The Kashmir’s case – Zia Ullah Ranjah


On 5 August 2019, the government of India withdrew the special status of the State of Jammu and Kashmir conferred under Article 370 of the Indian constitution.

By presidential order, all the privileges earlier offered to the state – the state constitution, laws, flag – have been eradicated. The UNSC resolution of 1948 acknowledged the state as a contested territory and repeated that the permanent status of the state would be determined by a referendum. The UNSC resolutions of 1951 and 1957 further reprimanded Indian unilateral attempts to modify the special status of the state. The UN also announced the territory under the control of India and Pakistan as the ceasefire line following the Simla Agreement (the Agreement) of 1972.

The Agreement prohibits unilateral action to alter the status of the state. Clause 1(ii) of the Agreement precisely declares that neither side shall unilaterally alter the situation. Clause 6 further underlined that both the states should discuss modalities for a conclusive resolution of the state via peaceful ways. Therefore, India’s claim that the withdrawal of the special status of the state is its domestic matter refutes its pledge under the Agreement.

With this background, Pakistan can pursue Kashmir’s case before the United Nations Security Council (UNSC), the UN Human Rights Council (UNHRC), the International Court of Justice (ICJ) and the International Criminal Court (ICC).

Under the UN Charter, the maintenance of international peace and security is the primary responsibility of the UNSC. Due to gross and systematic violations of human rights in Occupied Kashmir, Pakistan should stress on the UNSC to play its role to enforce its own resolutions regarding the right to self-determination of the Kashmiri people. Otherwise, peace and security in South Asia would be endangered.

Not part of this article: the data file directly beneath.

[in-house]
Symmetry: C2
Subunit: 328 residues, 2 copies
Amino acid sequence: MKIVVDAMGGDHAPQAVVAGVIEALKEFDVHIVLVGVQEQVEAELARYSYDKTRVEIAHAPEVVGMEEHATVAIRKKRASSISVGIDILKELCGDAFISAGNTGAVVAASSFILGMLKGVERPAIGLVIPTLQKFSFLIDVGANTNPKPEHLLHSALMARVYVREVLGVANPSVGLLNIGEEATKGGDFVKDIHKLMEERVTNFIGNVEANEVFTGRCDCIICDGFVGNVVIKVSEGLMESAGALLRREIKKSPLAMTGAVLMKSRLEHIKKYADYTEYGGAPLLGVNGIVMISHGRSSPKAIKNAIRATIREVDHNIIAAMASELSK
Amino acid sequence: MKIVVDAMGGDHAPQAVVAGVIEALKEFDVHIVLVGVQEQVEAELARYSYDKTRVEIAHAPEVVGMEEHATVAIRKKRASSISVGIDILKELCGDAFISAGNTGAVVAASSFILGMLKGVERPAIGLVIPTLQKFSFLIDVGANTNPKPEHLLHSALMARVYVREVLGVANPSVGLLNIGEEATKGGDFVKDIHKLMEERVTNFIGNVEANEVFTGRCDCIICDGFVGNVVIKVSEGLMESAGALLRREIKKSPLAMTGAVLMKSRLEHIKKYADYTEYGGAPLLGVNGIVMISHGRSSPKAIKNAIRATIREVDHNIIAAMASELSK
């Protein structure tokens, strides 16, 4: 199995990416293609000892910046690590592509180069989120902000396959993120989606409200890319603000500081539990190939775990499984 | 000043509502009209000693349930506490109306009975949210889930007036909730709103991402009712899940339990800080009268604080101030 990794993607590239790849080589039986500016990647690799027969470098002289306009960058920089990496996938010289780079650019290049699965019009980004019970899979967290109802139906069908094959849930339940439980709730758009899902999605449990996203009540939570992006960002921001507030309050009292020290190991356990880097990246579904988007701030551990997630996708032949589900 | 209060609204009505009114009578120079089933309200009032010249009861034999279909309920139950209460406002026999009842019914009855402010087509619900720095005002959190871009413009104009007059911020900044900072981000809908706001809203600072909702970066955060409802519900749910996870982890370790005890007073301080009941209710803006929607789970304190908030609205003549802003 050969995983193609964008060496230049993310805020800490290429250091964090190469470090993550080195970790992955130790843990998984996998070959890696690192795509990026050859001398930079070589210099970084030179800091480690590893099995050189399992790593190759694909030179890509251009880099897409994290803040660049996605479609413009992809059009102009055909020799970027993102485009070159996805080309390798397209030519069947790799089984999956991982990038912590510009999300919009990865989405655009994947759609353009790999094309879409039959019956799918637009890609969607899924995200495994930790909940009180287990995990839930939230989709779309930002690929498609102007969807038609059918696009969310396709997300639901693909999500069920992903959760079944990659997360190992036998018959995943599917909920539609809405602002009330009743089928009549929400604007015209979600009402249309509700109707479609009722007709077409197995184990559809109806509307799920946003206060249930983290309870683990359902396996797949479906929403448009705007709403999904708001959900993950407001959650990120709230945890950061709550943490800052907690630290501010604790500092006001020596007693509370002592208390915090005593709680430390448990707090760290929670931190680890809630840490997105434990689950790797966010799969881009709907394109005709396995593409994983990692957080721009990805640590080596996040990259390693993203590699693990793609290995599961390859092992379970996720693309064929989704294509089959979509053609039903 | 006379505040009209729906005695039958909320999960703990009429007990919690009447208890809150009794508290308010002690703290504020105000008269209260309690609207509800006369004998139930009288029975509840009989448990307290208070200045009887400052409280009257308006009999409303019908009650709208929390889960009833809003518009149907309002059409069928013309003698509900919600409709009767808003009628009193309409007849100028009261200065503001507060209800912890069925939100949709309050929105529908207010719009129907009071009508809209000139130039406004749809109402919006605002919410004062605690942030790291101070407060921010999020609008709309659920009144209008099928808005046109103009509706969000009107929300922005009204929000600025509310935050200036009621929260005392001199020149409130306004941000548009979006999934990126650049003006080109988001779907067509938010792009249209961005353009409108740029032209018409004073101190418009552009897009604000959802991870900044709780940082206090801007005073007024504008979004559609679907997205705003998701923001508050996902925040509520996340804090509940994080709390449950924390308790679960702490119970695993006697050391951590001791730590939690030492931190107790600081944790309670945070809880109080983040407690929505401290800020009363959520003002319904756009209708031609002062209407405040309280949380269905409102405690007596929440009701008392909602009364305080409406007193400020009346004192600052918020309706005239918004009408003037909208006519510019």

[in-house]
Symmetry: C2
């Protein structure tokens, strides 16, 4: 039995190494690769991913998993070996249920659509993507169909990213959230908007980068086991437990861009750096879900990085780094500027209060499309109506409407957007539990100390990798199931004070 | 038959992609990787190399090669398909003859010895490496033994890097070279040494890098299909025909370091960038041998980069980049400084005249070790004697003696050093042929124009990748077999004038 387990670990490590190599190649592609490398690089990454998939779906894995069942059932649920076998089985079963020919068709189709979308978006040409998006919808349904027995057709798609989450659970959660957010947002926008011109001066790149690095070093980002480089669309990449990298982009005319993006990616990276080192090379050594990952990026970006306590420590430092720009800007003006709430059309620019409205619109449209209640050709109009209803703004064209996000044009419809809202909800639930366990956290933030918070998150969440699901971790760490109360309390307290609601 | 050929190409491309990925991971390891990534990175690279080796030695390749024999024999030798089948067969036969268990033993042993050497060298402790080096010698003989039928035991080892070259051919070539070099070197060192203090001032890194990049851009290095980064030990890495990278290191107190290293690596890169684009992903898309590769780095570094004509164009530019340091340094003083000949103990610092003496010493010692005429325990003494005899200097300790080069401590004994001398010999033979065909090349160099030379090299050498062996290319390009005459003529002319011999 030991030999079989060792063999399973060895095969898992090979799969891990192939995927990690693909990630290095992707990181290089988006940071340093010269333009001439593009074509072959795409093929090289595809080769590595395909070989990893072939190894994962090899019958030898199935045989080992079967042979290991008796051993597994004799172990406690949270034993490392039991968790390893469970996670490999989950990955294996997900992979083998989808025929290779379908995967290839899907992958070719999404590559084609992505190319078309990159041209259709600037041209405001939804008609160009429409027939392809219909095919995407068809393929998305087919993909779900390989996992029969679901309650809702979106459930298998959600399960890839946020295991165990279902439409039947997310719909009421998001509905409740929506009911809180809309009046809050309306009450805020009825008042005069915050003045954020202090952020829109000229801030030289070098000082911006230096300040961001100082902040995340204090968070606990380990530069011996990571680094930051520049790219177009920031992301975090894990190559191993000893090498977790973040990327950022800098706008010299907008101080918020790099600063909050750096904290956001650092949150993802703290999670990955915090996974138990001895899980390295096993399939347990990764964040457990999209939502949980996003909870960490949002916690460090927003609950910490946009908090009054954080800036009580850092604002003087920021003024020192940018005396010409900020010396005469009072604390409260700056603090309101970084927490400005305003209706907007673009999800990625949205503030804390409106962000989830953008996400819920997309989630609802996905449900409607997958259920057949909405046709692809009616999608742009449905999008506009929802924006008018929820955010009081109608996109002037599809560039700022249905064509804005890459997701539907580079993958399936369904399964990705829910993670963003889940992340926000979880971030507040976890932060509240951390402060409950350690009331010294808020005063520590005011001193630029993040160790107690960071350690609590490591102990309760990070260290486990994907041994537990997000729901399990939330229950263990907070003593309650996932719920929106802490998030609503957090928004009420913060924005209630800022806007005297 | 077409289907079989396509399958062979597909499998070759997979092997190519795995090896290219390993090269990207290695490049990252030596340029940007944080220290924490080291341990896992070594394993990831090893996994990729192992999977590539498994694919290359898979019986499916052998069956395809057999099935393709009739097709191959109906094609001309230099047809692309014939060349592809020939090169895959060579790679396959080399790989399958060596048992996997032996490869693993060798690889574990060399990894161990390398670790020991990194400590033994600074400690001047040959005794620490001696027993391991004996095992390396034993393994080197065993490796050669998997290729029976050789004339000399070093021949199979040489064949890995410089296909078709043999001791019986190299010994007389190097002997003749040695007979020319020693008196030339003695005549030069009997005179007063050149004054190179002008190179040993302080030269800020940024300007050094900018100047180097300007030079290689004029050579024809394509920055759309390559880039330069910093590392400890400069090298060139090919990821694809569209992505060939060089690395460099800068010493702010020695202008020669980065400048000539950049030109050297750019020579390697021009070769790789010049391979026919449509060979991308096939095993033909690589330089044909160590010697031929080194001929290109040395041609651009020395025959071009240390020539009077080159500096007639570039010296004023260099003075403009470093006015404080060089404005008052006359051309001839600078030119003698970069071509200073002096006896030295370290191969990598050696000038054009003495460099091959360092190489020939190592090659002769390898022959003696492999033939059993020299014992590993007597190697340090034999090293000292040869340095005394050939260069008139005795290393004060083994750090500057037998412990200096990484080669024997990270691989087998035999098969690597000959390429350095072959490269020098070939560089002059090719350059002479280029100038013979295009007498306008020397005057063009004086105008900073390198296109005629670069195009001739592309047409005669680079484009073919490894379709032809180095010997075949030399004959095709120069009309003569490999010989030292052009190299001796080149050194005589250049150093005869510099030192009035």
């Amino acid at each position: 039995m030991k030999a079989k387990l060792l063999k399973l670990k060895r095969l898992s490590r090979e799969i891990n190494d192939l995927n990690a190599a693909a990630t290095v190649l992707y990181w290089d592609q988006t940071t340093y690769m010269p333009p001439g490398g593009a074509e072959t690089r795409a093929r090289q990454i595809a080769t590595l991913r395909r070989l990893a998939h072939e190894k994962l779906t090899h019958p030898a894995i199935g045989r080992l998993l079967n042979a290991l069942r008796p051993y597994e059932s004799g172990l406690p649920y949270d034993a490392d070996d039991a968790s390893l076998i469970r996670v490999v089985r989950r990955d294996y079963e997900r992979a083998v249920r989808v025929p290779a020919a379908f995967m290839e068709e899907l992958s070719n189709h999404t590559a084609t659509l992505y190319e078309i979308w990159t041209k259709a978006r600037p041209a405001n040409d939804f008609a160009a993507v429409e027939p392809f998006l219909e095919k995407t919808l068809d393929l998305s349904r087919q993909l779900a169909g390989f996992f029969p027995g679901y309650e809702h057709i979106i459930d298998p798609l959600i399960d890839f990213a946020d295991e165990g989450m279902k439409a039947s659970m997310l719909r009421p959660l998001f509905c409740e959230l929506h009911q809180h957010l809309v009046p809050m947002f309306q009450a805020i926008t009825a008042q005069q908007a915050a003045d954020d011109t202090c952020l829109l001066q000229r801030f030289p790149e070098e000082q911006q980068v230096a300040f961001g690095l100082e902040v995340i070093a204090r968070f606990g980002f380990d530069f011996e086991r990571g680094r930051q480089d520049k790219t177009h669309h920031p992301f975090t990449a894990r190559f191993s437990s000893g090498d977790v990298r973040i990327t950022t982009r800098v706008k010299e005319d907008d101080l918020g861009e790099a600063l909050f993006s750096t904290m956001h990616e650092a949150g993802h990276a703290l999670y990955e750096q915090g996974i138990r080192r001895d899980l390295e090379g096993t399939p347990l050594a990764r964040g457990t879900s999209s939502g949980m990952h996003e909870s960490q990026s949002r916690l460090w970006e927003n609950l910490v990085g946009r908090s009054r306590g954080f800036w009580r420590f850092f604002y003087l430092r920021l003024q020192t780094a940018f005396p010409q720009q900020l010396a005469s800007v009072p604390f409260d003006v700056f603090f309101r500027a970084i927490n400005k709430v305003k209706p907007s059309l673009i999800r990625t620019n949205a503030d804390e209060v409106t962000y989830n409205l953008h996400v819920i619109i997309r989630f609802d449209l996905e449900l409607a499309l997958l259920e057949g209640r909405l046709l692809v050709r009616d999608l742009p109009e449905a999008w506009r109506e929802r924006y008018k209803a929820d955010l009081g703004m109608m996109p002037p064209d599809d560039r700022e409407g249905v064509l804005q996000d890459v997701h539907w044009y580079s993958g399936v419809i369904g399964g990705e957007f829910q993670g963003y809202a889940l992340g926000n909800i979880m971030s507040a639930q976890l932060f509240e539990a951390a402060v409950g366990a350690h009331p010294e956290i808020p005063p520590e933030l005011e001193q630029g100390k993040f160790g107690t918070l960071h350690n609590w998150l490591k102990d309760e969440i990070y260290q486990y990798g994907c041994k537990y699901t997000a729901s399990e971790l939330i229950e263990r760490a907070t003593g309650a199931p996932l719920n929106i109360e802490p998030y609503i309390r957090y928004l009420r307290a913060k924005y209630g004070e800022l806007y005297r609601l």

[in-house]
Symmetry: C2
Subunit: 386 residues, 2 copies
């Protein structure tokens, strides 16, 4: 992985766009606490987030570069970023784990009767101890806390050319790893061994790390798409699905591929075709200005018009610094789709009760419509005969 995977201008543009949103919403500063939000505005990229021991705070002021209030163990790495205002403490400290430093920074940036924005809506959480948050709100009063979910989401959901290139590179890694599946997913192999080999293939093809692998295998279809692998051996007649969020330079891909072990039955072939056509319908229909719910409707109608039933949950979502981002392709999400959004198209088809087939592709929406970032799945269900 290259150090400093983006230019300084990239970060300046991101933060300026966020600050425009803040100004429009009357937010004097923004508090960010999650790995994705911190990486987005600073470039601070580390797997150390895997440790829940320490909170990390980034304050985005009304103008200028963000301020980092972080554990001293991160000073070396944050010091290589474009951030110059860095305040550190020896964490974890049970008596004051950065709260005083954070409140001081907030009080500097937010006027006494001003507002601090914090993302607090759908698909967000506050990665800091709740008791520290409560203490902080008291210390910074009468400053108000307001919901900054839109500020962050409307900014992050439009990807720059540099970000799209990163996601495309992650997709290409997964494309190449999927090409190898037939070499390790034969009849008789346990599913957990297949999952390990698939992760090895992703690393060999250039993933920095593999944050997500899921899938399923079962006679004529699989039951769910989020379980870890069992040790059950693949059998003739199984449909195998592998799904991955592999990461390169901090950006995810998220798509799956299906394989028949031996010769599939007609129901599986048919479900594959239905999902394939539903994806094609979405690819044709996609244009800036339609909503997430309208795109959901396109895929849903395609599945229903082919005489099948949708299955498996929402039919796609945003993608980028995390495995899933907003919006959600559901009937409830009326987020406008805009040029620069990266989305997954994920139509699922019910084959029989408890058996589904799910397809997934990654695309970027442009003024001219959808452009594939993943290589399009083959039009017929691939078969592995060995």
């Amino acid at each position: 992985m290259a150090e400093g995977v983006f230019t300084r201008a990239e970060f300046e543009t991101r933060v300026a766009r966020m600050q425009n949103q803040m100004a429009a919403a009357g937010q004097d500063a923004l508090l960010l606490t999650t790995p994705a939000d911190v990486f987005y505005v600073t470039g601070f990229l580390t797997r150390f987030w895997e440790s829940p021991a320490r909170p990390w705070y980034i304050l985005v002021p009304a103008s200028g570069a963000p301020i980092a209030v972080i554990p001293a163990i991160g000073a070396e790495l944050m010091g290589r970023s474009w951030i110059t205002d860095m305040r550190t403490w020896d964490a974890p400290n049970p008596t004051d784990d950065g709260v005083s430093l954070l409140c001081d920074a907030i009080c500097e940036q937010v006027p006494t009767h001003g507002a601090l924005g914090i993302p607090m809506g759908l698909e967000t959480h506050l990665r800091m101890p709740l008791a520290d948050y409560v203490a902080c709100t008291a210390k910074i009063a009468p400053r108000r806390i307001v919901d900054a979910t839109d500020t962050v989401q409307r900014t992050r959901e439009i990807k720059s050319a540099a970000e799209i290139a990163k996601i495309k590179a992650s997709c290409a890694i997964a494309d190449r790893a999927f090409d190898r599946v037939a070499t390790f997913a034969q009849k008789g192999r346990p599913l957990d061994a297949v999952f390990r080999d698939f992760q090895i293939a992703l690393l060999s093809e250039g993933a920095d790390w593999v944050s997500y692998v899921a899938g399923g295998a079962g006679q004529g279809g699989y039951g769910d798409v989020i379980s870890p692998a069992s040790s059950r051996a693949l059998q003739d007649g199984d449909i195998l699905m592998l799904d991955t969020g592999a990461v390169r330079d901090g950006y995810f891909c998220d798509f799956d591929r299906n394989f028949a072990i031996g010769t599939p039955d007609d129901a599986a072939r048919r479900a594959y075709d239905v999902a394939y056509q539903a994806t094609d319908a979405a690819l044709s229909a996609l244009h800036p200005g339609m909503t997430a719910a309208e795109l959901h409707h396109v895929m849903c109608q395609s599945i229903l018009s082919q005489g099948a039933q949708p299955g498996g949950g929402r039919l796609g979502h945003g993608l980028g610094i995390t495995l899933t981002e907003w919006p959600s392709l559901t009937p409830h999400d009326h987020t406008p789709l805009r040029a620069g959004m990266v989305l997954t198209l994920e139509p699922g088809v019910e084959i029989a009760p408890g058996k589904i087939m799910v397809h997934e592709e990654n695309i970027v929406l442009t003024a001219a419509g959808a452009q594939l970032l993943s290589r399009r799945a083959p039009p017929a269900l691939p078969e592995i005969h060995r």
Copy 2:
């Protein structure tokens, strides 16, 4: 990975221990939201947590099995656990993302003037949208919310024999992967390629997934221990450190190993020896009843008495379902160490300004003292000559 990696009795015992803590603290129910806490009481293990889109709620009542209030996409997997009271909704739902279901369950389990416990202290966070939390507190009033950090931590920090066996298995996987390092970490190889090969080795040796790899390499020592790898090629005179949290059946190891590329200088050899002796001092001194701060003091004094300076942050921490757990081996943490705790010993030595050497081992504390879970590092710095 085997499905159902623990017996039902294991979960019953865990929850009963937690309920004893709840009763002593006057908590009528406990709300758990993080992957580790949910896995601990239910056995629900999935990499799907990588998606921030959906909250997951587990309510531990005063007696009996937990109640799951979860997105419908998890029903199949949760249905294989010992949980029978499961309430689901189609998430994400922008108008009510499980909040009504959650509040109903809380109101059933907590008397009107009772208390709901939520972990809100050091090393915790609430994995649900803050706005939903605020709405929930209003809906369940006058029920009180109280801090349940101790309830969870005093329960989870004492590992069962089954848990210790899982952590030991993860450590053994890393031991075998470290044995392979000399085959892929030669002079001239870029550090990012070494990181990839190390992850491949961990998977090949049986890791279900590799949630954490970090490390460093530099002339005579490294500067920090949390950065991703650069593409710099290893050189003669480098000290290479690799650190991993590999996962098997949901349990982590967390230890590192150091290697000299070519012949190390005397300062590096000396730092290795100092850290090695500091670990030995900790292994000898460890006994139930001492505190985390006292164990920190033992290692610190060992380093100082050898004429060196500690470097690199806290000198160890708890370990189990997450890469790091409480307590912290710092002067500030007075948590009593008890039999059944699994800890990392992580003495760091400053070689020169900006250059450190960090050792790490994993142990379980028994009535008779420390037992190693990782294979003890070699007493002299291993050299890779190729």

Article 33(2) of the UN Charter further authorizes the UNSC to call upon the parties to settle their dispute by the means outlined in Article 33(1): negotiation, enquiry, mediation, conciliation, arbitration, judicial settlement, resort to regional agencies or arrangements, or other peaceful means of their own choice. Thus, Pakistan can pursue the UNSC to direct the parties that the Kashmir dispute is decided through judicial settlement by the International Court of Justice (ICJ).

Pakistan can also seek an advisory opinion on Occupied Kashmir from the ICJ. Under Article 65 of the UN Charter, the ICJ has the power to issue an advisory opinion on any legal question. Article 96 authorizes the Security Council or the General Assembly to request the ICJ for an advisory opinion on any legal question. Pakistan may entreat the Security Council or the General Assembly to ask the ICJ for an advisory opinion on Kashmir.